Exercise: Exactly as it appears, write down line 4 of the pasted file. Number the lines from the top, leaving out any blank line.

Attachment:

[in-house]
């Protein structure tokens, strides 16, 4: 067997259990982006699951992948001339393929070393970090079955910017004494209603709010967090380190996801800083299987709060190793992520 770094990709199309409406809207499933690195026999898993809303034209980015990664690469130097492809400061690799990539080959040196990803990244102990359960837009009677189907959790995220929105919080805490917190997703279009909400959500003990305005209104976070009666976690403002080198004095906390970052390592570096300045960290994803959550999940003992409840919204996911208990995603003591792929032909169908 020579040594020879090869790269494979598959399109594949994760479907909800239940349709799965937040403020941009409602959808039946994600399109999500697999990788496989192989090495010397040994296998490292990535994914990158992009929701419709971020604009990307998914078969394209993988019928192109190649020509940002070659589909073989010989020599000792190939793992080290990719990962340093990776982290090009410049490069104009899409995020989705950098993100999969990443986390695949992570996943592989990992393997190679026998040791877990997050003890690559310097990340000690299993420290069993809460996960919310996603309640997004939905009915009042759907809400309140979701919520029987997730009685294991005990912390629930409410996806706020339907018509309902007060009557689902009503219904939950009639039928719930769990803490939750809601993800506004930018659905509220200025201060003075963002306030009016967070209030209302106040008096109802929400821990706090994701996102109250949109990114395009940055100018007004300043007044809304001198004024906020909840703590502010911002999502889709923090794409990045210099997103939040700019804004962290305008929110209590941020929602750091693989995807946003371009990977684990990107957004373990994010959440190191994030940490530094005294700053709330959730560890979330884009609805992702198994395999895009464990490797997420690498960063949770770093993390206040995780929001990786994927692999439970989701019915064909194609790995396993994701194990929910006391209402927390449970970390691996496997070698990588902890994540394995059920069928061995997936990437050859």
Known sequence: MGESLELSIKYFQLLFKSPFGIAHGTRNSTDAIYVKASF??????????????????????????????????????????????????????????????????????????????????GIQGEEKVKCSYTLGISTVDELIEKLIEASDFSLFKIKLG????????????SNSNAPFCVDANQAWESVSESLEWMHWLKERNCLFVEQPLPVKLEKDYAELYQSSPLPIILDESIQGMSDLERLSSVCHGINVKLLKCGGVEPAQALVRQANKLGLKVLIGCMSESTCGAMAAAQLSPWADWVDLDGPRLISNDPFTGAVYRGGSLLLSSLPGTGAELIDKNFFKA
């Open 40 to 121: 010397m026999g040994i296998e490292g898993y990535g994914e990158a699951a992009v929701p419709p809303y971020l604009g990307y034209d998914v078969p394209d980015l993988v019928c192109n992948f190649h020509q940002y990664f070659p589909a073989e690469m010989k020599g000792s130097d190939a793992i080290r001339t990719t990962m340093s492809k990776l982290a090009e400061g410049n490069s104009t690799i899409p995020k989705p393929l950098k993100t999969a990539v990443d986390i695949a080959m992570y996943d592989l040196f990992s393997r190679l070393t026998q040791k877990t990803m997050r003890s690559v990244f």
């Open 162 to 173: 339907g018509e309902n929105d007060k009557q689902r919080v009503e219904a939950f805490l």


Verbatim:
């Open 40 to 121: 010397m026999g040994i296998e490292g898993y990535g994914e990158a699951a992009v929701p419709p809303y971020l604009g990307y034209d998914v078969p394209d980015l993988v019928c192109n992948f190649h020509q940002y990664f070659p589909a073989e690469m010989k020599g000792s130097d190939a793992i080290r001339t990719t990962m340093s492809k990776l982290a090009e400061g410049n490069s104009t690799i899409p995020k989705p393929l950098k993100t999969a990539v990443d986390i695949a080959m992570y996943d592989l040196f990992s393997r190679l070393t026998q040791k877990t990803m997050r003890s690559v990244f």